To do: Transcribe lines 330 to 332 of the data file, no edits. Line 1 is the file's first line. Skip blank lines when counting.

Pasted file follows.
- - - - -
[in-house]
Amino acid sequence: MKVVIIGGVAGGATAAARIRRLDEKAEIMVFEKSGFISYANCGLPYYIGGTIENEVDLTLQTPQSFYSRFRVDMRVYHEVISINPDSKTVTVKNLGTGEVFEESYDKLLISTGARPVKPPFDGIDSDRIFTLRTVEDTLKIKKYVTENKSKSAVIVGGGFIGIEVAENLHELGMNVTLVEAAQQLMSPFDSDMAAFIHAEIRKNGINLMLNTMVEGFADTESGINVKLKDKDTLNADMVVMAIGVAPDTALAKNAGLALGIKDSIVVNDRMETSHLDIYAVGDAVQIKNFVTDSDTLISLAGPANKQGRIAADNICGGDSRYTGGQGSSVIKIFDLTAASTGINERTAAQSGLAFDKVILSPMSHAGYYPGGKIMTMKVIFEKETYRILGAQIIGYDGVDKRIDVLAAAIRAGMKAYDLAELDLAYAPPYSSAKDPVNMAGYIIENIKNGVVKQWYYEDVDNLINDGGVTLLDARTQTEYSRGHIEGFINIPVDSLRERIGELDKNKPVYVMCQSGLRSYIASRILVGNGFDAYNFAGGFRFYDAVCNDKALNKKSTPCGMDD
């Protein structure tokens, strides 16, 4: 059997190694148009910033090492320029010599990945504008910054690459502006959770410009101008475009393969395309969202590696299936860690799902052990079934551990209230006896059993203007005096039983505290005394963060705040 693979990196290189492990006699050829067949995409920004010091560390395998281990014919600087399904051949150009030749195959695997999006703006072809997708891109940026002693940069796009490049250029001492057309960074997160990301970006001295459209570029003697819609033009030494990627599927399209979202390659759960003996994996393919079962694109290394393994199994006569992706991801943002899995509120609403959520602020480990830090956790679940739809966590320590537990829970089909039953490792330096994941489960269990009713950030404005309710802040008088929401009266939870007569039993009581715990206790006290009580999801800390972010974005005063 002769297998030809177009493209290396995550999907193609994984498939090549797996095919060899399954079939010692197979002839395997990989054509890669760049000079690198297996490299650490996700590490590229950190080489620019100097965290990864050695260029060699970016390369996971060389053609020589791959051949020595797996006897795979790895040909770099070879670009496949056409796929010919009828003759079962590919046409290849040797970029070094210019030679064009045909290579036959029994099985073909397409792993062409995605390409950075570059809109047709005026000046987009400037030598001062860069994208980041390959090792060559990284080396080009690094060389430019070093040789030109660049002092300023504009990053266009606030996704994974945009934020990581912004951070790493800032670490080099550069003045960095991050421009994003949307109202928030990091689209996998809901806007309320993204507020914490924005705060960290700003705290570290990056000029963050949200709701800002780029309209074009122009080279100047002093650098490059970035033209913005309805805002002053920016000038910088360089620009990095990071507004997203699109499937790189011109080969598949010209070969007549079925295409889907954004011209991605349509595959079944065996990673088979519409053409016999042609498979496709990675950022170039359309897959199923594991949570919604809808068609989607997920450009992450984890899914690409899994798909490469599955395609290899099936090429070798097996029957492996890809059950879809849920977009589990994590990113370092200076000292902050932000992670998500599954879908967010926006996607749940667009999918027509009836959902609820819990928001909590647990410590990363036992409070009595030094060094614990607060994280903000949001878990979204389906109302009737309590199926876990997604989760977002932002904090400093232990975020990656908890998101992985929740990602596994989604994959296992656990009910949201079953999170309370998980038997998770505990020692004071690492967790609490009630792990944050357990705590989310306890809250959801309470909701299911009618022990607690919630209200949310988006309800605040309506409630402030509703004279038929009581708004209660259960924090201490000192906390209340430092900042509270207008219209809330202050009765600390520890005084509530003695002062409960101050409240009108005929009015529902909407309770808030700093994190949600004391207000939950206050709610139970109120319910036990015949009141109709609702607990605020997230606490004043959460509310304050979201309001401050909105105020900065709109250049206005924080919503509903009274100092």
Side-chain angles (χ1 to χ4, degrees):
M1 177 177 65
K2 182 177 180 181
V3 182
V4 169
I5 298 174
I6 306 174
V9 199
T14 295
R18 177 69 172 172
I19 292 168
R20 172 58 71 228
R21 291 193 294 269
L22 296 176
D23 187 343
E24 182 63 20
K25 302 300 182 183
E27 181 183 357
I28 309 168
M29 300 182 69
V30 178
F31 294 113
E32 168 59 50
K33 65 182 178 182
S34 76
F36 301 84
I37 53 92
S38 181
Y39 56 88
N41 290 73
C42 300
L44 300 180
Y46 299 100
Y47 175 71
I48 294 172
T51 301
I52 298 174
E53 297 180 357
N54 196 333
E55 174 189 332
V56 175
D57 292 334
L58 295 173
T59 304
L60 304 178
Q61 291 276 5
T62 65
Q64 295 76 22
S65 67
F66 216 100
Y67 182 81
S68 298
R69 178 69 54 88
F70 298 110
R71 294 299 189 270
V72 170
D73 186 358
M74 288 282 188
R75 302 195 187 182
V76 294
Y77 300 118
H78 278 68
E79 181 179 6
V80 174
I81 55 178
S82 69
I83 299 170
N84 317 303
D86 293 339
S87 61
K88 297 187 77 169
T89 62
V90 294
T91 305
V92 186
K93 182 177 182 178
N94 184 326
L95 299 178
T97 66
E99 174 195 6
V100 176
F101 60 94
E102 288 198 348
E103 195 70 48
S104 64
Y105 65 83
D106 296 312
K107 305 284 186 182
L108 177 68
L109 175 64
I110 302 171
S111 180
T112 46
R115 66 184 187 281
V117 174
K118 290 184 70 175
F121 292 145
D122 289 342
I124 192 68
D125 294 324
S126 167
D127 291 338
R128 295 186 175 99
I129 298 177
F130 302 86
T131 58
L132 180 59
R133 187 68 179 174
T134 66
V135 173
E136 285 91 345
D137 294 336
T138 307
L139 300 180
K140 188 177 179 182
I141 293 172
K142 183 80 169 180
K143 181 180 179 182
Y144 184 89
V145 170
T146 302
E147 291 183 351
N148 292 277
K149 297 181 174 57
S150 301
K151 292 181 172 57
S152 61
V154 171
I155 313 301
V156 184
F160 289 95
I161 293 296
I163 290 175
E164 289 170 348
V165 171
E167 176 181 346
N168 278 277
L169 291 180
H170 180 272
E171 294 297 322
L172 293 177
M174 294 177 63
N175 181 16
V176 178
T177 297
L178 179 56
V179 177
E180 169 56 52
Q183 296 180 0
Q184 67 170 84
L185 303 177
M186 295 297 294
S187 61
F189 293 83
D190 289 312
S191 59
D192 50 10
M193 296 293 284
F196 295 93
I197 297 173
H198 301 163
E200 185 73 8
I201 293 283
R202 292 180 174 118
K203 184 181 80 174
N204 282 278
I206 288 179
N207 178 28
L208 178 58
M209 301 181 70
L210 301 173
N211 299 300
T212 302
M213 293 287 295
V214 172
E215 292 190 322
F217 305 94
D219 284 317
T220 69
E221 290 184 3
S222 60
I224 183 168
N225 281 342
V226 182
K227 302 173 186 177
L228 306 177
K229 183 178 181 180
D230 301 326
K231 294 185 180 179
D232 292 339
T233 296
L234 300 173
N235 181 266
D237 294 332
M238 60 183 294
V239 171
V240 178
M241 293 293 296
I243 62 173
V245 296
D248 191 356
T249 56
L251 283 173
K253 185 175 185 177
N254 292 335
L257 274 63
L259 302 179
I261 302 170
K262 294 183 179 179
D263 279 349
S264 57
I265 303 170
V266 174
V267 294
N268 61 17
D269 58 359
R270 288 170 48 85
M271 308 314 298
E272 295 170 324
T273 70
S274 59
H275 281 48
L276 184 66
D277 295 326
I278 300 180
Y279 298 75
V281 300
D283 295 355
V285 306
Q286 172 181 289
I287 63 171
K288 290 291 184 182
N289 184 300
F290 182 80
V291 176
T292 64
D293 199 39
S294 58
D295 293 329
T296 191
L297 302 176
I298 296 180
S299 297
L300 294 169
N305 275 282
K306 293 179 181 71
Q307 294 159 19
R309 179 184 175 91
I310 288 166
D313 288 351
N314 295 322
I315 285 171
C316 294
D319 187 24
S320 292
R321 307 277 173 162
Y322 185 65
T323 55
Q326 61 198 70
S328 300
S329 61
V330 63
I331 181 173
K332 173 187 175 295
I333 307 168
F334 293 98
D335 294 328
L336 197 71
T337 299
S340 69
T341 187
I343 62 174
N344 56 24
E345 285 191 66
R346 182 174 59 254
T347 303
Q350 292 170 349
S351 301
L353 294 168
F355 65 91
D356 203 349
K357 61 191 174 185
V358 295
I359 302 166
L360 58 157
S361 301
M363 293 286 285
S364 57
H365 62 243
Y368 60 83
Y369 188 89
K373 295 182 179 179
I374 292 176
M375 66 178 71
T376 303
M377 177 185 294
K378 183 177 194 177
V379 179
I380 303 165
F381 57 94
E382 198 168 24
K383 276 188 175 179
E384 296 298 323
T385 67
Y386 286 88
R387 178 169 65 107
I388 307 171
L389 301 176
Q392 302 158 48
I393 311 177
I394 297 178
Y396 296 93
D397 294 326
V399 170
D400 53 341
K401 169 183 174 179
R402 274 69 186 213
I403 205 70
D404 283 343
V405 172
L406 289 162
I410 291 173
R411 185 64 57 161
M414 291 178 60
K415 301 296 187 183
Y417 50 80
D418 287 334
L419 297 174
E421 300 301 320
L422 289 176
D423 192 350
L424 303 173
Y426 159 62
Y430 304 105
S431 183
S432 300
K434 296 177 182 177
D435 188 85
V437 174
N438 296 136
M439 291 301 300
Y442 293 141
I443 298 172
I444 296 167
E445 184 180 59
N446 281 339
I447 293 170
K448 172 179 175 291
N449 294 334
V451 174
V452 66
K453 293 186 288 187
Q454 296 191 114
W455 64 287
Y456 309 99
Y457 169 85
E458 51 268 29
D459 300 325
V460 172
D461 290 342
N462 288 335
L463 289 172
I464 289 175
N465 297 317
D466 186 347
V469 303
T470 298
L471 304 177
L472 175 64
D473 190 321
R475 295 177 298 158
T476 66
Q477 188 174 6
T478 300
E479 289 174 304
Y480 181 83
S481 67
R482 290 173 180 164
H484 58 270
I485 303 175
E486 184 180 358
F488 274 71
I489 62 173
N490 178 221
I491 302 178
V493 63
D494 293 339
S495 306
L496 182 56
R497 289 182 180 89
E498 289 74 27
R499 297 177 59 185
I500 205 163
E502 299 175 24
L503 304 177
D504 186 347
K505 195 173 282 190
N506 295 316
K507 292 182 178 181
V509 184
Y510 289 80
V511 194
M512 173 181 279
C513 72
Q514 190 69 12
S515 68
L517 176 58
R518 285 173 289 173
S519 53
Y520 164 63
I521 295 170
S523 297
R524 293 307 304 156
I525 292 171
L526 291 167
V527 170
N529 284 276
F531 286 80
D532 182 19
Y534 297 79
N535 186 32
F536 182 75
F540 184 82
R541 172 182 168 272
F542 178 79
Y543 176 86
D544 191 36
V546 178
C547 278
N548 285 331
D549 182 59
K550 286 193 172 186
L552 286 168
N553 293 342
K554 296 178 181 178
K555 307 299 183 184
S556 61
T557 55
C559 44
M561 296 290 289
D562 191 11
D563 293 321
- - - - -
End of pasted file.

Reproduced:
D418 287 334
L419 297 174
E421 300 301 320